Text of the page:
CLEVELAND — In the city where most of our recent basketball seasons inevitably seemed to end at the hands of LeBron James, now is a good time to note what the Red Sox most definitely are *not* — last year's Celtics.
It's an easy comparison between two underachieving title contenders with superstar young coaches who waited all year for runs that never came, losing their fans in the process.
But that's also where the comparison ends, because for all their flaws, the Red Sox do not belong in the same sentence as the 2018-19 C's, one of the most loathed Boston teams in years.
On Monday night at Progressive Field, right across the street from the Q, the Red Sox dropped a 6-5 walkoff to the high-flying Indians in another crusher. They erased a 5-1 deficit to force extra innings with two outs in the ninth. Then they lost anyway with one swing from Carlos Santana. This just isn't their year and they know it.
"They're the Celtics!" more than one talking head has announced since the 3-9 start, but the comparison simply does not hold.
Let's start with the obvious. The Red Sox are defending champions. They thus had far less to prove than the Celtics, who haven't won anything since 2008 and choked on their mantle of prohibitive Eastern Conference favorites. We knew the Red Sox would return to earth. Few of us expected the C's to hit the ground at terminal velocity.
As a result, the emotional response to each team diverges. Rooting for the Red Sox became an exercise in apathy on July 31, when trade-deadline reinforcements never arrived. By the end of basketball season, we were basically hate-watching the Celtics, who filled even Boston's most forgiving fans with rage.
Why the anger? Because the team's best player embodied the worst characteristics in a leader and star. Kyrie Irving came off as selfish, arrogant, entitled, moody, bipolar, and maybe even duplicitous, given his blurred intentions on ever staying in Boston. He constantly blamed others for the team's failures, and when it all came crashing down during four straight embarrassing losses to the Bucks, he was nowhere to be found. It's hard to decide what was worse — watching him close his Celtics career by going 8-for-22, 7-for-22, and 6-for-21 with multiple airballs, or completely surrendering on defense, like someone saving his energy for Brooklyn.
Irving is an all-time Boston sports villain, and no one on the Red Sox comes even close, including prickly left-hander David Price, whose clubhouse influence has waned since his days of jumping Hall of Fame broadcasters on the team plane.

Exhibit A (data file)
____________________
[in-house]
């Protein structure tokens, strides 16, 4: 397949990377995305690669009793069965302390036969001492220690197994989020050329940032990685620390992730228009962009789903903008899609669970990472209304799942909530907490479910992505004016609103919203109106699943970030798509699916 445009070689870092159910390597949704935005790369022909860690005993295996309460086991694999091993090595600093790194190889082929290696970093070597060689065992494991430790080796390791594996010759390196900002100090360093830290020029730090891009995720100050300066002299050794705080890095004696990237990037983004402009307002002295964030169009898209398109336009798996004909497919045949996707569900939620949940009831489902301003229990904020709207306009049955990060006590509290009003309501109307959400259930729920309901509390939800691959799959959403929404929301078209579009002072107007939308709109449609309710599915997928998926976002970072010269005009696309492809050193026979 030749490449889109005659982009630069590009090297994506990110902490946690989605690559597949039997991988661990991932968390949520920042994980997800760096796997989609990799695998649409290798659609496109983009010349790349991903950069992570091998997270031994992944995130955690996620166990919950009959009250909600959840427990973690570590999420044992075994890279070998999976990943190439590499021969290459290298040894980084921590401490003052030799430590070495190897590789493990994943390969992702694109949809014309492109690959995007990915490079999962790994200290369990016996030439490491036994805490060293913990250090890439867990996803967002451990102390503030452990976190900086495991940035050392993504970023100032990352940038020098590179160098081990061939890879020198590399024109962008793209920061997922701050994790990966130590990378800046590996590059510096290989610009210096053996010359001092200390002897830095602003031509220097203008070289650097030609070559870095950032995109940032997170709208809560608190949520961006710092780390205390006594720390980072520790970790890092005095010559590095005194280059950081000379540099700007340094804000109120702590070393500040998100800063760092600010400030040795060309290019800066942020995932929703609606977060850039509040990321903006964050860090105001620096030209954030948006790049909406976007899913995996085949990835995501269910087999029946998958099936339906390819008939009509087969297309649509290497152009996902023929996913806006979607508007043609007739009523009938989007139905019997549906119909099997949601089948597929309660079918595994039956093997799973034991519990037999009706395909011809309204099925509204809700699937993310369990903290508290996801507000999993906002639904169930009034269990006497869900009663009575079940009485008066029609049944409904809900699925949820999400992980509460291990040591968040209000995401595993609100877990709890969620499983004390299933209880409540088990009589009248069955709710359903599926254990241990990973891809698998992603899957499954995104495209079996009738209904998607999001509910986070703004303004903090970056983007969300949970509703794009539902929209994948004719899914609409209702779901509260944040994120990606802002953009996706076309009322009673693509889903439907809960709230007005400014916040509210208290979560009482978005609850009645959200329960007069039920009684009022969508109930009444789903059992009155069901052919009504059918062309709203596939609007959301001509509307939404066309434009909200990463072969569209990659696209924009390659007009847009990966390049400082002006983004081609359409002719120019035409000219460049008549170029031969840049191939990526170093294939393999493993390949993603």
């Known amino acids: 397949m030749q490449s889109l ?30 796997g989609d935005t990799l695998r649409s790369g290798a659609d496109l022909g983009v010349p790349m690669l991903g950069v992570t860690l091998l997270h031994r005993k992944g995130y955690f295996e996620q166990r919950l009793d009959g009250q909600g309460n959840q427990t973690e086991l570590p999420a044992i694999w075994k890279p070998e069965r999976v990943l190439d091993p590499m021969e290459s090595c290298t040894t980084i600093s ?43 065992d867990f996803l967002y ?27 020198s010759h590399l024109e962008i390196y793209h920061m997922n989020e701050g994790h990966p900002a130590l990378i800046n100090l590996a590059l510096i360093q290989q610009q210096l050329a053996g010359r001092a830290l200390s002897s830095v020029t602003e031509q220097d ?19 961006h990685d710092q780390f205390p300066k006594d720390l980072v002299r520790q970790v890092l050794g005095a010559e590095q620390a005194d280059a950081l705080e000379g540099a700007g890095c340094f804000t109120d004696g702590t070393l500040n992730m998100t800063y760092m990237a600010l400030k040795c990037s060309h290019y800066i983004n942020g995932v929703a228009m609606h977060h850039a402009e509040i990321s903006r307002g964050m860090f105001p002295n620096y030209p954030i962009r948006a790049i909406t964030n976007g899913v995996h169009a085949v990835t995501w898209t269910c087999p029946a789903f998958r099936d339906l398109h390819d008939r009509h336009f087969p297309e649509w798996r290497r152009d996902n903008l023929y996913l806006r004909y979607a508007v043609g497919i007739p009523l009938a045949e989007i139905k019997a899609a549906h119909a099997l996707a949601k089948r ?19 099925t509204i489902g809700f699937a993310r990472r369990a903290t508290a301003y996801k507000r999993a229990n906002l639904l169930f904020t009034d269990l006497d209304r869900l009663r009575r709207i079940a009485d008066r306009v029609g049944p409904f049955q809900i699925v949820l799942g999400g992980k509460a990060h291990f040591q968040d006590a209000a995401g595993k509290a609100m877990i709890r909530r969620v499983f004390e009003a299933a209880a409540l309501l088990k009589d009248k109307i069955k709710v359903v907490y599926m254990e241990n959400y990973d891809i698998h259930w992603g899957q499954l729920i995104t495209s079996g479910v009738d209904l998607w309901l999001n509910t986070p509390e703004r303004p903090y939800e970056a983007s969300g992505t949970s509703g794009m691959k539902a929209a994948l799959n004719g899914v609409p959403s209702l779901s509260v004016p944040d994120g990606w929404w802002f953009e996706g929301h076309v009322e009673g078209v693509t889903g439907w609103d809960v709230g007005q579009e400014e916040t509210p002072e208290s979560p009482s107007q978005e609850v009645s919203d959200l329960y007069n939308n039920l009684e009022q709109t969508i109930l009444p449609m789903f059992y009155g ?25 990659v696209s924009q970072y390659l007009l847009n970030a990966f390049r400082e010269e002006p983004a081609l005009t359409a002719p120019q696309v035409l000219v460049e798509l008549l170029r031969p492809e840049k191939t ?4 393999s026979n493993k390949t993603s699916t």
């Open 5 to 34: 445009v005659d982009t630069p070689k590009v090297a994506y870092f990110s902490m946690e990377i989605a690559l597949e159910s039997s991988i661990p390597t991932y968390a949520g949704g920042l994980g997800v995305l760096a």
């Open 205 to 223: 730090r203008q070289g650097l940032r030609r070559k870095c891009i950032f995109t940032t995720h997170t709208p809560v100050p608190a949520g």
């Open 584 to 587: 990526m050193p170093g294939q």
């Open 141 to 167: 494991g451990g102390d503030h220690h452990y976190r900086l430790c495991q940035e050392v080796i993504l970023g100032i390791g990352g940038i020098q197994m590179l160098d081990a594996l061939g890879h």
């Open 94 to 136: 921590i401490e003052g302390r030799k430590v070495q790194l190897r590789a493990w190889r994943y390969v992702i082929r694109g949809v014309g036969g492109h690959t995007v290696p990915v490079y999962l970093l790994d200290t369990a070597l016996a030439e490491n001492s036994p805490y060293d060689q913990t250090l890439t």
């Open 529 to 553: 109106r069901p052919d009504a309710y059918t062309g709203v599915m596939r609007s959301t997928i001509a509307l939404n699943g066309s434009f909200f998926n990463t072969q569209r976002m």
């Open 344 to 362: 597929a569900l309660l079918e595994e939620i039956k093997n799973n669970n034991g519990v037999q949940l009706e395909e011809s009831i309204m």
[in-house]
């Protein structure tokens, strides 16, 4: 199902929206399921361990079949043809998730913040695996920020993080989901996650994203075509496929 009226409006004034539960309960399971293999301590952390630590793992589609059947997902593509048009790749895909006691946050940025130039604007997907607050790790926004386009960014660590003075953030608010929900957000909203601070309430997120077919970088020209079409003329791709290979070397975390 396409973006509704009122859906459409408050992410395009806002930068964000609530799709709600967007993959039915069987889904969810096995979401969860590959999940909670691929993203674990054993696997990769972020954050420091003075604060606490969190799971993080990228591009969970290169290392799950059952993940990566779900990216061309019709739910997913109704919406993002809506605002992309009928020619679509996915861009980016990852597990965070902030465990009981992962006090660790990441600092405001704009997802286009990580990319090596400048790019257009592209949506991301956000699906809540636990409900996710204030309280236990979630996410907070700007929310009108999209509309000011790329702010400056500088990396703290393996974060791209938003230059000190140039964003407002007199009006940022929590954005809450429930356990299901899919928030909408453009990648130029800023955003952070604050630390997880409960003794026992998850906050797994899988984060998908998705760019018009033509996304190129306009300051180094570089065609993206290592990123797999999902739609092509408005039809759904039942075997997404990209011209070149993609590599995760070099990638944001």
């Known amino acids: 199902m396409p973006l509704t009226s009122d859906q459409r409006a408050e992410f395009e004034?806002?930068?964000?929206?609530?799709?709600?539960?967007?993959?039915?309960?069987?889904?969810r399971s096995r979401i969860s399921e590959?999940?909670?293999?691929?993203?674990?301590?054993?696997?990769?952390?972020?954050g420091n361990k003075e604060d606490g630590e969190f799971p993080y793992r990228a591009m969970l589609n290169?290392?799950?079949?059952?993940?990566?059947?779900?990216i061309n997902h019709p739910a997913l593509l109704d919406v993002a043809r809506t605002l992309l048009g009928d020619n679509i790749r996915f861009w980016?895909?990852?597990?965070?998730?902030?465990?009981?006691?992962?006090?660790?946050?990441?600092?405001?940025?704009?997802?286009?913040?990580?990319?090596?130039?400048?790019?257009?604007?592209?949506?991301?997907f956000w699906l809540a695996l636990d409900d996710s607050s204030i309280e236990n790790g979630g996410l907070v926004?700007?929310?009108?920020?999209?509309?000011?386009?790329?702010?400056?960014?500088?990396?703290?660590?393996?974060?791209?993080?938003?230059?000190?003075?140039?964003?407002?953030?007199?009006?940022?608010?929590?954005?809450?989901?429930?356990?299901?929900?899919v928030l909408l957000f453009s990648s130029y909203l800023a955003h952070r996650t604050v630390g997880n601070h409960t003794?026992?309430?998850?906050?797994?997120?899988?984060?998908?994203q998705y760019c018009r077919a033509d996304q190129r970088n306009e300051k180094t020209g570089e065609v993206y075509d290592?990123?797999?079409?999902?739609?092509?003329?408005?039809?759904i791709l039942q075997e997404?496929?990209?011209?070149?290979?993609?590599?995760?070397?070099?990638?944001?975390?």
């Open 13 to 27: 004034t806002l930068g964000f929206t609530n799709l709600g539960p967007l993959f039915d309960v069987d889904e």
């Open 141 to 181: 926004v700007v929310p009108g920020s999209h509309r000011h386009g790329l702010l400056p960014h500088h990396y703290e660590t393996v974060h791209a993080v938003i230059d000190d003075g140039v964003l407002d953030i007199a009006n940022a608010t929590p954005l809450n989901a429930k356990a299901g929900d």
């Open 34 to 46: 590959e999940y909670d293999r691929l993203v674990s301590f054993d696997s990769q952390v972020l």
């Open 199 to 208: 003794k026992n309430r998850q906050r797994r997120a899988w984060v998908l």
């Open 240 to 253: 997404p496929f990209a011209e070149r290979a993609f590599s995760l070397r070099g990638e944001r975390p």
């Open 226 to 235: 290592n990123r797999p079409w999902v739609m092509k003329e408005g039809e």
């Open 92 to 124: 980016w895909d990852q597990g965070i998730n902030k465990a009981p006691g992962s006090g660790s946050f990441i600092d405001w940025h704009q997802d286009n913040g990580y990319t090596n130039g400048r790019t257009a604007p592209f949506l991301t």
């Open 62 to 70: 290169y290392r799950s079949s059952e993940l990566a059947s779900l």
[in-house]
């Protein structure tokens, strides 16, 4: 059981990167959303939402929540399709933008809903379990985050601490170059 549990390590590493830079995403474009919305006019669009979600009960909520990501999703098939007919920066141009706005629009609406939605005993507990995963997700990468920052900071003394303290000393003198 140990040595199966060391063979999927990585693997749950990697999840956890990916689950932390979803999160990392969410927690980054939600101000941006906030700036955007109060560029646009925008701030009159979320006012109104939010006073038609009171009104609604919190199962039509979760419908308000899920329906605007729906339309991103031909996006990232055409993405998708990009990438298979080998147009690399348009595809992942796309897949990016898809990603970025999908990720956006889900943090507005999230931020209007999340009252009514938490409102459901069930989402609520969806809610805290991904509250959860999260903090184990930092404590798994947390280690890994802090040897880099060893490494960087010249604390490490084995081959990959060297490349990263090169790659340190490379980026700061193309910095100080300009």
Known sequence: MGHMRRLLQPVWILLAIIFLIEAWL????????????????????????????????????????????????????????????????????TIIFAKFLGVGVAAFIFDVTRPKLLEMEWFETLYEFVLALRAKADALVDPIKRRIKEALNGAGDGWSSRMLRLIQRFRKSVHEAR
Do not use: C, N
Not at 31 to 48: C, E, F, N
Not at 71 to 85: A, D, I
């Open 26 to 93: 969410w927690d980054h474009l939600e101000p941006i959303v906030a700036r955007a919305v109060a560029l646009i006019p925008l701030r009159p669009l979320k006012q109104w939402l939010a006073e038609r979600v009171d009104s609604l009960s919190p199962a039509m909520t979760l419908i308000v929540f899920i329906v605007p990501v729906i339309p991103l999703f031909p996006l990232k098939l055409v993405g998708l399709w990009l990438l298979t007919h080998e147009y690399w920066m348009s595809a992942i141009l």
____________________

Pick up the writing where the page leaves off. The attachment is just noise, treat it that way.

No, the Red Sox' best players happen to be their most likable ones, whether it's shortstop Xander Bogaerts, who was practically in tears following Monday's loss, or slugger Rafael Devers, who basically smiles from sunup to sundown.
Bogaerts and Devers are just part of a homegrown youth brigade that should return the Red Sox to contention next season if they can just figure out their pitching and get ace Chris Sale — who's accountable and cares about his failings in ways that Irving never grasped — back on track. Defending MVP Mookie Betts, future All-Star Andrew Benintendi, and maybe even hard-throwing reliever Darwinzon Hernandez are just a few players providing equal parts promise and performance.
Now compare that to the young talent in green. Jayson Tatum, Jaylen Brown, and Terry Rozier were supposed to augment the veteran core. Instead, they spent most of the season trying to get theirs, with only Brown figuring out his role by the playoffs before Rozier departed during free agency. What does it say about the future that veteran leader Al Horford looked at Tatum and Brown and said, "You know what? Philly sounds nice."
Devers has an MVP ceiling. Tatum does not. Benintendi will make an All-Star team. Brown might have to settle for being a top-50 player.
Young talent is why we believe the Red Sox can rebound. They could easily win another title in 2020. Conversely, young talent is why we're not sure if the Celtics are even a five-seed. The roster reconstruction around All-Star guard Kemba Walker should make them more likable, but they haven't felt farther from a title since Isaiah's second season.
And then there's this: the Celtics turned on each other like the inhabitants of some kind of cannibal island. Irving took constant potshots at his young teammates and even passive-aggressively questioned coach Brad Stevens, who bears some similarities to Red Sox manager Alex Cora.
The Red Sox have stuck together, even as the pitching staff has failed the offense.
"We're all together," Bogaerts said. "I don't think there's any separation or any pointing fingers at anyone. It's just like, oh man, it's rough. It's been like that for a little bit. It's rough, man."
So spare me the lazy comparison. The Celtics quit on their season and couldn't wait to blow it all up. Deep down, the Red Sox know they're cooked, but they'll arrive in Fort Myers next February seeking redemption, and they just might find it.
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